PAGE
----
Burning Forests, Rising Power: Towards a Constitutionality Process in Mount Carmel Biosphere Reserve

Eid, Ramez; Haller, Tobias (2018). Burning Forests, Rising Power: Towards a Constitutionality Process in Mount Carmel Biosphere Reserve. Human ecology, 46(1), pp. 41-50. Springer 10.1007/s10745-018-9968-z

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Powerful states and elites frequently manage protected areas with little or no concern for historic land uses, people, or governance practices, justified by ideologies that portray these areas as “pure nature” to be protected from humans. New international participatory platforms, such as the UNESCO Man and Biosphere Program, coupled with strategic active agency, have provided an opportunity for challenging the fortress model of conservation in Israel. We examine the change in Israel’s government ecological policies following its failure in managing the Carmel forests, whereby its bargaining power with the local Druze-Arab minority was significantly reduced, opening a window of opportunity for the Druze to take advantage of new UNESCO rules on local participation to create management institutions for the local forest commons.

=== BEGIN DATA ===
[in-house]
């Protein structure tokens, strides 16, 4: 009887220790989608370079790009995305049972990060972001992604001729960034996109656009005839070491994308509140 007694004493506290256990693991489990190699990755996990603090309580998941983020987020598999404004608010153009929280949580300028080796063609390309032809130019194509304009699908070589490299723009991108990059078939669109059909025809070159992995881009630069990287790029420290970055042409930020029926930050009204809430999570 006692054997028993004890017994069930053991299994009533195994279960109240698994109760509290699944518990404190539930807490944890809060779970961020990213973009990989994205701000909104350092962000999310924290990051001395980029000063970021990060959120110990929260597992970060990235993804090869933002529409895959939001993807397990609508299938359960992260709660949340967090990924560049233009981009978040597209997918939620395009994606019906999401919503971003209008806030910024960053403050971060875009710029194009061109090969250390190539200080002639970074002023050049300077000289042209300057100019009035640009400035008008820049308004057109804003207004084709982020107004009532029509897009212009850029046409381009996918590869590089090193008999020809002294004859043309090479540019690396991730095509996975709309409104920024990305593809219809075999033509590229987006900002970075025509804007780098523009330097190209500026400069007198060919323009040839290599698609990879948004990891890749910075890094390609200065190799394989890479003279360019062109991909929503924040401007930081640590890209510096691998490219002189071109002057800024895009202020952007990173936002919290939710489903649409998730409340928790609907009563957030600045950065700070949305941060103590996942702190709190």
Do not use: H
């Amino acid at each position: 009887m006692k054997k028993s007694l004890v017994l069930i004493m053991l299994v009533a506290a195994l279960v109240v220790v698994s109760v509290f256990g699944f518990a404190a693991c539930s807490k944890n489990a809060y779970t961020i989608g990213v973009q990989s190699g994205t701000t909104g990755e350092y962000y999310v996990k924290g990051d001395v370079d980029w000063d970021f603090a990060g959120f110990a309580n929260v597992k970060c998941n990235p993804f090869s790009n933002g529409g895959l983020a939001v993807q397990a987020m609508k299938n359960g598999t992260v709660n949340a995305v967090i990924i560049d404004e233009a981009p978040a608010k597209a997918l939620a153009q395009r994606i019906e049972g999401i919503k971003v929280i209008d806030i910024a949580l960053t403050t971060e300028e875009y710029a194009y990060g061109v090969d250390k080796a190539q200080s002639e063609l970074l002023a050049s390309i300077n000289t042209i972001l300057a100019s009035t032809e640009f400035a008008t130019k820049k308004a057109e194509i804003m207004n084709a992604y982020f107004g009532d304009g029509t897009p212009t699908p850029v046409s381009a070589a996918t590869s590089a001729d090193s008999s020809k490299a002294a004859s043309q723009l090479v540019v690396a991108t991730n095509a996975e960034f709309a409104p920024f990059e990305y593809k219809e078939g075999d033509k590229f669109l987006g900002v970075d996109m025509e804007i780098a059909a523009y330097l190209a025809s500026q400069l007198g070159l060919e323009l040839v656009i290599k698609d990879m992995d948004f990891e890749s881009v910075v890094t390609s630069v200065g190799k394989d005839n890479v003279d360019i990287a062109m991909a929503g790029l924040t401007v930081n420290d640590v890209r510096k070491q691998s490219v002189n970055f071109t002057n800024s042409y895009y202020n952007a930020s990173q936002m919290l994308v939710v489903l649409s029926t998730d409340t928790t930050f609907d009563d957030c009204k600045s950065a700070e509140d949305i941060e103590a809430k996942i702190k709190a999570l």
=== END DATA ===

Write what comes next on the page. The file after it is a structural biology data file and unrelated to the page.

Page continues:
Item Type:

Journal Article (Original Article)

Division/Institute:

06 Faculty of Humanities > Department of Art and Cultural Studies > Institute of Social Anthropology

UniBE Contributor:

Eid, Ramez and Haller, Tobias

Subjects:

300 Social sciences, sociology & anthropology

ISSN:

0300-7839

Publisher:

Springer

Language:

English

Submitter:

Lisa Lüscher

Date Deposited:

16 Apr 2018 17:51

Last Modified:

16 Apr 2018 17:57

Publisher DOI:

10.1007/s10745-018-9968-z

BORIS DOI:

10.7892/boris.113446

URI:

https://boris.unibe.ch/id/eprint/113446

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